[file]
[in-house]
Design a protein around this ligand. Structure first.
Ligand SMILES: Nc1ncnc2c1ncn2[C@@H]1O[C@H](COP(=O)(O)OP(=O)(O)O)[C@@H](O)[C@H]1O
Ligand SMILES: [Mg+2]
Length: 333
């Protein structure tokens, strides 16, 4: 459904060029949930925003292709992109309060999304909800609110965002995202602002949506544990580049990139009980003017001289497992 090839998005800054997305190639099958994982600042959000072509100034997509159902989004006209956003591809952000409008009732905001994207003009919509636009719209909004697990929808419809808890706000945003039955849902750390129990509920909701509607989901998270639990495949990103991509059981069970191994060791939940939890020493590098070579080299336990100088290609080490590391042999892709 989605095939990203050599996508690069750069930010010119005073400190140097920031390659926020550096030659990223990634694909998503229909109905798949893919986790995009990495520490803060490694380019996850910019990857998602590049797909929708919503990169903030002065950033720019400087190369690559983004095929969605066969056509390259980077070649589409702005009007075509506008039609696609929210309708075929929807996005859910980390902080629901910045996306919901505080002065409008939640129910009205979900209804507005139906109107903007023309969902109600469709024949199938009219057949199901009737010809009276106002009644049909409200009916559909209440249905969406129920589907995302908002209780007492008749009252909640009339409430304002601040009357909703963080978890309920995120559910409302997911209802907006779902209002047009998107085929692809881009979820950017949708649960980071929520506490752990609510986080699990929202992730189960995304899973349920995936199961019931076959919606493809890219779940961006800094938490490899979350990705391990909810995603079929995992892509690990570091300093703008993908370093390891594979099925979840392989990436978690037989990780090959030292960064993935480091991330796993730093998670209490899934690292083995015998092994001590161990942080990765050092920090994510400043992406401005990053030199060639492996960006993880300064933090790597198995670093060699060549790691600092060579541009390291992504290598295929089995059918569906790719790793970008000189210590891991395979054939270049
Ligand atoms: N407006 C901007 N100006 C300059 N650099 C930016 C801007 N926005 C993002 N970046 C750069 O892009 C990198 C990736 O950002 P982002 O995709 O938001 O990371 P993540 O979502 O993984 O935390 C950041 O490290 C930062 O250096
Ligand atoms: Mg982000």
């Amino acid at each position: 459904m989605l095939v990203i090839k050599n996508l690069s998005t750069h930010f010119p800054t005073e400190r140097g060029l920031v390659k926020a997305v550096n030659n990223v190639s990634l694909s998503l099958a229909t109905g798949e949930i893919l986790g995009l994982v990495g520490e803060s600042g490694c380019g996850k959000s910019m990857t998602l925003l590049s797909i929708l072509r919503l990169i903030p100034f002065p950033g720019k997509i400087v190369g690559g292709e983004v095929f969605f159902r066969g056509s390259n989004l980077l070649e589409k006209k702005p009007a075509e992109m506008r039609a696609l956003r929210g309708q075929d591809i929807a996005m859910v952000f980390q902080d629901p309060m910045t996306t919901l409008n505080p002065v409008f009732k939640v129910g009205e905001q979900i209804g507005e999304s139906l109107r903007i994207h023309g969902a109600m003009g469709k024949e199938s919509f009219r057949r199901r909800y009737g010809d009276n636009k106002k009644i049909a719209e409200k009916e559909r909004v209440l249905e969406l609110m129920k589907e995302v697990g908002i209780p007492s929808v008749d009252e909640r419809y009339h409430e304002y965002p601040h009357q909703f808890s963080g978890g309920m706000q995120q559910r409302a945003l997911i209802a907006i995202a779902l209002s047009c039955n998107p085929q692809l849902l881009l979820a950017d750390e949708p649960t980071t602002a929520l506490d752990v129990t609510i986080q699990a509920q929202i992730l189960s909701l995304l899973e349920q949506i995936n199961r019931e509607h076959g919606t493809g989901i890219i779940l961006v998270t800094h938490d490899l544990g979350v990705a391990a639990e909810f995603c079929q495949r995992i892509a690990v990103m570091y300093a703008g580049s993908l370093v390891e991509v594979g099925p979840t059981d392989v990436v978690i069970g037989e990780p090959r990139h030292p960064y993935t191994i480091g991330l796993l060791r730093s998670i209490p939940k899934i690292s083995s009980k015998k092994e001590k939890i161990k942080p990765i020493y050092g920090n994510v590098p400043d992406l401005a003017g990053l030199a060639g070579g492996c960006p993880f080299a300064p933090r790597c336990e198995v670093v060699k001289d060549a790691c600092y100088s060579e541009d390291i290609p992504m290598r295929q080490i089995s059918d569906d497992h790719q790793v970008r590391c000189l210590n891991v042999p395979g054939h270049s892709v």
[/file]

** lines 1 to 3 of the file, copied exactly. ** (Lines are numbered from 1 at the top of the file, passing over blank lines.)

[in-house]
Design a protein around this ligand. Structure first.
Ligand SMILES: Nc1ncnc2c1ncn2[C@@H]1O[C@H](COP(=O)(O)OP(=O)(O)O)[C@@H](O)[C@H]1O